NEW Partnering Event - June 7, 2017: Attend the 2017 Technology Showcase, a free, half-day event that will showcase technologies being developed at the NCI and the Frederick National Laboratory for Cancer Research (FNLCR). To learn more and register, see 2017 Technology Showcase.
The mission of NIH is to seek fundamental knowledge about the nature and behavior of living systems and the application of that knowledge to enhance health, lengthen life, and reduce illness and disability. Through partnerships, NIH can leverage its resources with those of industry and academia, and, by working together, more effectively apply its knowledge to development of new diagnostics and therapeutics.
There are a variety of mechanisms by which NIH can partner with other organizations to pursue research and development. In general, the most appropriate mechanism will be determined by the type of partner with which NIH will be working, as well as the specific research project to be done. A detailed comparison can be found here.
For most University researchers, exchanging research materials with an NIH scientist may only require a Material Transfer Agreement (MTA) to memorialize the transfer. If confidential or proprietary information is to be exchanged, a Confidential Disclosure Agreement (CDA) may be used to limit the public release of the information. For on-going research collaborations, a Collaboration Agreement combines the advantages of a CDA and an MTA so that collaborators can freely exchange proprietary materials and information.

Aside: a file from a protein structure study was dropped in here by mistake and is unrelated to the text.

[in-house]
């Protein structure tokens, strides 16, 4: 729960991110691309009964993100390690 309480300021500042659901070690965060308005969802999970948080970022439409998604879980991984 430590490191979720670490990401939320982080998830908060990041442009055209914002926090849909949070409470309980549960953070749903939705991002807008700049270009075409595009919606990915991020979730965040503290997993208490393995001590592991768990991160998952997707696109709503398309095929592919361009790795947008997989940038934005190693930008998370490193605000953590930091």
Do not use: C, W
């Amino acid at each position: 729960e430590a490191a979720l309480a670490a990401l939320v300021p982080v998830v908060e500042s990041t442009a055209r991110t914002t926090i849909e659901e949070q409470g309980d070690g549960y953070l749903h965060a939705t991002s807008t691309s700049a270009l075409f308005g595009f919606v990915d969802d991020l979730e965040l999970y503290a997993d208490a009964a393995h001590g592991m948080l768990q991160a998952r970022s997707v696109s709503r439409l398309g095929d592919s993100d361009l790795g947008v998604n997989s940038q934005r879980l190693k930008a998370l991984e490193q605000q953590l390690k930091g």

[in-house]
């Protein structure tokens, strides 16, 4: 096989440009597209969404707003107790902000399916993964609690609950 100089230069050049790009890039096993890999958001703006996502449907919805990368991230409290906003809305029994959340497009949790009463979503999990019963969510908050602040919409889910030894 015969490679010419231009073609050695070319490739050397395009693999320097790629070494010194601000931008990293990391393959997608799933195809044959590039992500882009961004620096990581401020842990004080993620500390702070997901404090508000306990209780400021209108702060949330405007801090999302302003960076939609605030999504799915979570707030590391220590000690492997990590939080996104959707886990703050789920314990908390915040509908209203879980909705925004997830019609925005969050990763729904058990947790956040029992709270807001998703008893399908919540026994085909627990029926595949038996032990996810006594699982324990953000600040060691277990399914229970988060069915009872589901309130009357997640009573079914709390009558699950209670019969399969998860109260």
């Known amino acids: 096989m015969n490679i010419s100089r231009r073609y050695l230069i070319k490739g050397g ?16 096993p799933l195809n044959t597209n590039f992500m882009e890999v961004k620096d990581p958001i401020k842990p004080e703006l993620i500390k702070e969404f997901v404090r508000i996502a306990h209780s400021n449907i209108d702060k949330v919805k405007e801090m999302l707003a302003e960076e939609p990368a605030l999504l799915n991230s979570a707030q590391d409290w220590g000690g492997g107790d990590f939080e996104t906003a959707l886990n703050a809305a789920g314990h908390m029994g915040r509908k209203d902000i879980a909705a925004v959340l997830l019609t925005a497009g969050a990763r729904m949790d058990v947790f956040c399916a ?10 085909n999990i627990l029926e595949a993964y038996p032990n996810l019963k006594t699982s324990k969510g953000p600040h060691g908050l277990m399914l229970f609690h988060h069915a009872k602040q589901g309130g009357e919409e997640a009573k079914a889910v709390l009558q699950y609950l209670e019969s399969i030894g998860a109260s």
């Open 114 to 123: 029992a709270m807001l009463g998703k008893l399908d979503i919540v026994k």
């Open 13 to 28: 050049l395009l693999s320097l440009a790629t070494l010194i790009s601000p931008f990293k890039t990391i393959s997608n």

On the other hand, collaboration with industry can be far more complex. A for-profit corporation may require that inventions made during the course of the research be licensed to them preferentially. While a Collaboration Agreement provides faster entry into a collaborative research project with an NIH inventor, it does not offer intellectual property rights for inventions made during the project and does not provide for outside funding to occur to cover expenses. A Cooperative Research and Development Agreement (CRADA) allows NIH to offer license options to inventions made in NIH laboratories during the performance of a CRADA collaboration with a company, and also allows NIH to receive funds and other resources to support the research. There are several variations of CRADAs that allow transfer of proprietary materials (Materials-CRADA), and co-development within clinical trials (Clinical Trials CRADA).
NIH often collaborates with other parties to perform clinical trials to develop new methods of treatment. A Clinical Trial Agreement (CTA) is designed to address the unique demands of performing clinical research on patients. A CTA defines who will perform the trials, who is responsible for providing the drug or other materials needed, as well as detailed terms assigning responsibility for complying with Federal regulations on protecting human subjects.
If you are interested in partnering with NIH to further your research, please contact the Technology Transfer office of the appropriate institute for further information and guidance.
Deciding which type of agreement to use can be a challenge. Therefore, the TTC highly recommends discussions with one of our Technology Transfer Specialists or our Invention Development and Marketing Unit to determine which agreement best suits the type of collaboration needed.